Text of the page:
We’re living in the land of the free, a country that provides us with the right to bear arms. But with great power comes great responsibility, and keeping up your concealed carry permit is a huge responsibility.
In order to safely carry, there are certain laws you should know and permits you should obtain (depending on the state). This can be a complicated process, but we’re here to help you navigate through the weeds. Check out our five must-know facts about getting your concealed carry permit and keeping it up-to-date.
1. There are varying levels of difficulty to get a permit.
There are four variations of concealed carry laws. In the past, “restricted” states made it impossible to carry a concealed weapon. To date, all of the restricted concealed carry laws have been ousted. Every single state in this great country has some type of law allowing our citizens their given right to bear arms. Let’s take a look at the other three capacities.
“Shall issue” means there is a set criteria for concealed carry. If citizens can check off the criteria, they are allowed a concealed carry permit. The criteria can vary from state.
“May issue” is where requirements become slightly muddied. Much like “shall issue” laws, there is a set criteria in place to receive a concealed carry permit. However, just because somebody meets that criteria does not mean they are guaranteed a permit. Whoever is issuing the permit can choose to either award or deny the permit.
“Unrestricted” means anybody in that state can carry a concealed weapon and no permit is required.
Check out the current concealed carry law for your state:
2. One nation, divided by laws: Know your state.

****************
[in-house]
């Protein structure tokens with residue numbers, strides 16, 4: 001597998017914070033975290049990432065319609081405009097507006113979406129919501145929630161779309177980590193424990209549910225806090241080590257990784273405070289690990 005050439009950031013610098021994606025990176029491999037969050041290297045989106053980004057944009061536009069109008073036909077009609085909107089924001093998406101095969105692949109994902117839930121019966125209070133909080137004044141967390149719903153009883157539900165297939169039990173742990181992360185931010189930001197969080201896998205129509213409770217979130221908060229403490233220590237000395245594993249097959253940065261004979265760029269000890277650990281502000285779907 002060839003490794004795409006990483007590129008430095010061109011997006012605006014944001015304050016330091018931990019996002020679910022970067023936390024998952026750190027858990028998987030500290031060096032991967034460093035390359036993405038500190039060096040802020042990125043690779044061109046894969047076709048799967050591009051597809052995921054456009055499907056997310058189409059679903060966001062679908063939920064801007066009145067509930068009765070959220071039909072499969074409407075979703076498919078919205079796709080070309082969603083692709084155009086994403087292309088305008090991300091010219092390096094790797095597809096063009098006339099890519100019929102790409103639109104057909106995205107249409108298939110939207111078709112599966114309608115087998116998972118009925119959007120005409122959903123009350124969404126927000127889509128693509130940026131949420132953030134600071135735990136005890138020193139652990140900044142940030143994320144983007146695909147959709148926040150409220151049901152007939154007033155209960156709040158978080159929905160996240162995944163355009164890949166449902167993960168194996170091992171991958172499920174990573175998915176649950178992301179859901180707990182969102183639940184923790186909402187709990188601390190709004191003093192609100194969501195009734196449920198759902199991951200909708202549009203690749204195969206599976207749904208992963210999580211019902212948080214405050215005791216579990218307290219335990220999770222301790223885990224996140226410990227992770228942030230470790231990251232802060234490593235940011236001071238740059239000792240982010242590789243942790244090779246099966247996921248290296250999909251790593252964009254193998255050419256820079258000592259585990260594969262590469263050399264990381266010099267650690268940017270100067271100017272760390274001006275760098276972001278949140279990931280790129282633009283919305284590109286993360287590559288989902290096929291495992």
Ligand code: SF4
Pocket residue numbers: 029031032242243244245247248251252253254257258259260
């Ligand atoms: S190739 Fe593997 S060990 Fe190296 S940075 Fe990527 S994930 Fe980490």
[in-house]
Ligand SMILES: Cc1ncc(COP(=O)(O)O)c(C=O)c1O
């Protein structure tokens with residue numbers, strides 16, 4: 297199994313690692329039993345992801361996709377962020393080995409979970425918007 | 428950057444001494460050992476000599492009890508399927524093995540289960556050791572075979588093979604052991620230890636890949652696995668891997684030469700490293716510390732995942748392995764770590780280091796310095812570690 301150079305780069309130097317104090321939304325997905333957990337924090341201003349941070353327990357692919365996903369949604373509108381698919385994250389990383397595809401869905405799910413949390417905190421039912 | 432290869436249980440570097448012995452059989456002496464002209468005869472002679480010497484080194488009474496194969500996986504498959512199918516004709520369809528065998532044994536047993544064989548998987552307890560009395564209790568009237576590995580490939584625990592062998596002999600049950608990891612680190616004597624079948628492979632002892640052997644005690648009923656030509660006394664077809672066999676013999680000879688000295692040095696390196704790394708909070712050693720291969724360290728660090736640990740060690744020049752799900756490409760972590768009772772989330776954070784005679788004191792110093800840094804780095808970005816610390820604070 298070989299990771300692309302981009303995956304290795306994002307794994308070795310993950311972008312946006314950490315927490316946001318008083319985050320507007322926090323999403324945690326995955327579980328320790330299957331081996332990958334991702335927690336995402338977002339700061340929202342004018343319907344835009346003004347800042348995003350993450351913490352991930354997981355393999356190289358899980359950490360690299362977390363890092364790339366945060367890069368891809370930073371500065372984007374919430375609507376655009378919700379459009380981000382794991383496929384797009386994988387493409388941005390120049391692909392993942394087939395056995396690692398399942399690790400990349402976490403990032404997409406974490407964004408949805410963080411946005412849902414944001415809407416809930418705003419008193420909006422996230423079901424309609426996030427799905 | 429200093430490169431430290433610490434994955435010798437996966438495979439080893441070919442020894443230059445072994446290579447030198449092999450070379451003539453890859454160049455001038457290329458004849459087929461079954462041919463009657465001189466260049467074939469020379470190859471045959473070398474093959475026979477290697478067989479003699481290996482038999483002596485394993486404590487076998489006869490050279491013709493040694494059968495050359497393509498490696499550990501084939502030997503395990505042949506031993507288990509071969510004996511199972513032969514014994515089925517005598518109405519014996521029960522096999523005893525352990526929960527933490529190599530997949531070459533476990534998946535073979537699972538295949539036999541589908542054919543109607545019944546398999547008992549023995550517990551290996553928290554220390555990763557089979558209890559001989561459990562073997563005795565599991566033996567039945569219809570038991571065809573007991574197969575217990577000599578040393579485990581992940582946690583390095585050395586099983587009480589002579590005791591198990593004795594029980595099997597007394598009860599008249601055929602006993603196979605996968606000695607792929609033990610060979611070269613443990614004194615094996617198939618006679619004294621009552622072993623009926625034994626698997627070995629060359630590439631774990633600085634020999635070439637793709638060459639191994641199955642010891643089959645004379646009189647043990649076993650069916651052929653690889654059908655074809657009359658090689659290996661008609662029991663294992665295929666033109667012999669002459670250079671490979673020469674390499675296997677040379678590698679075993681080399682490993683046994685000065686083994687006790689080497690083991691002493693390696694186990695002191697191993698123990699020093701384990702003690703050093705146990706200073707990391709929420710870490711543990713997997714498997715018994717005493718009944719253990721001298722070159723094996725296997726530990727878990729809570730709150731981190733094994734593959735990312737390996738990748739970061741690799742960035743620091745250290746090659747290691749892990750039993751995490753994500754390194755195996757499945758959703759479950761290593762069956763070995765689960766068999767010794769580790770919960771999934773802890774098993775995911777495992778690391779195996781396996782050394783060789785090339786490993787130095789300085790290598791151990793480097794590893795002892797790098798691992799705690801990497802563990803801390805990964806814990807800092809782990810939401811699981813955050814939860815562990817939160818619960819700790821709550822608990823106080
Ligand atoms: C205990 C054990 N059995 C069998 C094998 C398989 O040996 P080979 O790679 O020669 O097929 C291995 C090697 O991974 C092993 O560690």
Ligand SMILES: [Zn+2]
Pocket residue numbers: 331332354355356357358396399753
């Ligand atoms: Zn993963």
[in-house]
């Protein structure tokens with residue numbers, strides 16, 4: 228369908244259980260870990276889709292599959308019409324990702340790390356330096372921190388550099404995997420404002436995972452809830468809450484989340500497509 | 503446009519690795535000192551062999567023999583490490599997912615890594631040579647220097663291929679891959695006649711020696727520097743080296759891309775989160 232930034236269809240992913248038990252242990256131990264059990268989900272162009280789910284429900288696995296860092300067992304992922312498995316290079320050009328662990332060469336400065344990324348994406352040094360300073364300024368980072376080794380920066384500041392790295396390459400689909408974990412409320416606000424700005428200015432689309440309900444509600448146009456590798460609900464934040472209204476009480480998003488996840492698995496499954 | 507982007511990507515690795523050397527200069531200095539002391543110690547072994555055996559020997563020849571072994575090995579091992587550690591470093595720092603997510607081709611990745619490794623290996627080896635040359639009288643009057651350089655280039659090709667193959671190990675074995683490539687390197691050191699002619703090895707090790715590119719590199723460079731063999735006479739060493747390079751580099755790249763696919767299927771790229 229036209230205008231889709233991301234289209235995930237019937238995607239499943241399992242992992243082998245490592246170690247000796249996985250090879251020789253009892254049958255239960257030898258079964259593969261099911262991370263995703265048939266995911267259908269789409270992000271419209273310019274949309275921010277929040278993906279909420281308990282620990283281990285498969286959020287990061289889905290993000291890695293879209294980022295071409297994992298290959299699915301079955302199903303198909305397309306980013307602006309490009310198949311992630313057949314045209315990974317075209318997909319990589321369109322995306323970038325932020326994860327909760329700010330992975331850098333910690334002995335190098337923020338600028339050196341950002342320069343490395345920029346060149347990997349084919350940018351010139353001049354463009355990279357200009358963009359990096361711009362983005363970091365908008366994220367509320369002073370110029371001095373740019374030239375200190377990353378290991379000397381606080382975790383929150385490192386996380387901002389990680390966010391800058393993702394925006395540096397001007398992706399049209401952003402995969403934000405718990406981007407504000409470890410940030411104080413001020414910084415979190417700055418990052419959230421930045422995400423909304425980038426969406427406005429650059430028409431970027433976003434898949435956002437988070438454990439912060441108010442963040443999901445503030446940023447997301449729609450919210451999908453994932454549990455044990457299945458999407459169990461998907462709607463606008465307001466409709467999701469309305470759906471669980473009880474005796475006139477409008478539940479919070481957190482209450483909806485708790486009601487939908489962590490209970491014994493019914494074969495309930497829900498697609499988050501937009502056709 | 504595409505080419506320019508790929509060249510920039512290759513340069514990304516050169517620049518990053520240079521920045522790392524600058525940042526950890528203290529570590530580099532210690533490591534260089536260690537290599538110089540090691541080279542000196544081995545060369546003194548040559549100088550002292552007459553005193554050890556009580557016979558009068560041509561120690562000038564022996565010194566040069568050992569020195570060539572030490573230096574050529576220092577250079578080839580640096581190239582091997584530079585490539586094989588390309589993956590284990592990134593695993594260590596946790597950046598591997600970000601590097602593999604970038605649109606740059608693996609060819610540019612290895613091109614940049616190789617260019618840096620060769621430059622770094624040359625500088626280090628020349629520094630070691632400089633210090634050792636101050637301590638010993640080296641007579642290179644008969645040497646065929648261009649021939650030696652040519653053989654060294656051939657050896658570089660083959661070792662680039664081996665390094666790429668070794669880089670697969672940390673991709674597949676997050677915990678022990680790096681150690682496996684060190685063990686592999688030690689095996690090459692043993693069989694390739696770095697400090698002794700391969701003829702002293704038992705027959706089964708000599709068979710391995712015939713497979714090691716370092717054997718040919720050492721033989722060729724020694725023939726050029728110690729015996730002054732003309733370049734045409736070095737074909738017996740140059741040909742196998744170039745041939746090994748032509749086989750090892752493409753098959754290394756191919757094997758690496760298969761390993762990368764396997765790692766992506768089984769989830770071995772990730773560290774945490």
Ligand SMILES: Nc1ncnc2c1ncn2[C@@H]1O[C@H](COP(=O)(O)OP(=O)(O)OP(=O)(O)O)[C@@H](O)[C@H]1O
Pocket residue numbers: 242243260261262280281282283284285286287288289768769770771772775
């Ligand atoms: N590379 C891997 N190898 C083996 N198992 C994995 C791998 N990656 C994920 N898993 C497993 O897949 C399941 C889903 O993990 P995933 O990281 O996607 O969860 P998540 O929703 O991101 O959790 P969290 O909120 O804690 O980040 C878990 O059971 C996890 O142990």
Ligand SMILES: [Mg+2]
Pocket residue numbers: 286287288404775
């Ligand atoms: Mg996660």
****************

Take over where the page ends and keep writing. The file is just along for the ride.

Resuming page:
Unfortunately there is no hard and fast rule detailing a set fee or amount of years that your permit is valid. Some states require renewing every five years, some can last eight years.
Many states charge a larger fee the first time you apply for concealed carry, and a lesser fee when renewing. For example, some states have a $100 fee for the first time applying and a $50 fee after that, but there is no federal law reflecting the amount charged. The length of permit also varies, with some states issuing permits valid for five years, some for eight.
Your state may require demonstration that you’re competent to carry a firearm, such as a certificate of training. You’ll also need to provide fingerprints and could be subjected to undergo a background check. Each application process is a little bit different, so we can’t stress enough to know your state.
3. Your gun isn’t the only thing you should carry.
Much like a driver’s license to your car, you never want to be caught without your concealed carry permit when you have your gun. Think of your firearm and your permit as one. Might we add that concealed carry backpacks make a convenient and safe place to also store your concealed carry permit? Just saying.
4. There are places you can’t take your gun, even with a permit.
Despite each state having their own laws about where you can and cannot carry, there are some federal laws restricting concealed carry in specific locations. Federal buildings, for example, are off limits for concealed carry. Plus, while many states allow concealed carry in certain areas, it is against federal law to have a concealed weapon past security checkpoints.
5. Reciprocity could allow your state’s concealed carry laws to apply while traveling.
Never assume that your state’s laws apply to another state. However, there are cases where this can be true. Reciprocity means that the state will recognize other states’ concealed carry laws. There are also varying degrees, with partial reciprocity, vehicle-only laws and more.
Check your state government site, as well as any state’s government site where you’re traveling to ensure you’re properly and safely carrying a concealed weapon.
If there’s one thing we know, it’s that laws are constantly evolving and they’re in place to keep us safe while giving us our right to bear arms. Stay up-to-date on your permit and don’t forget to regularly demonstrate and refresh your knowledge of gun safety.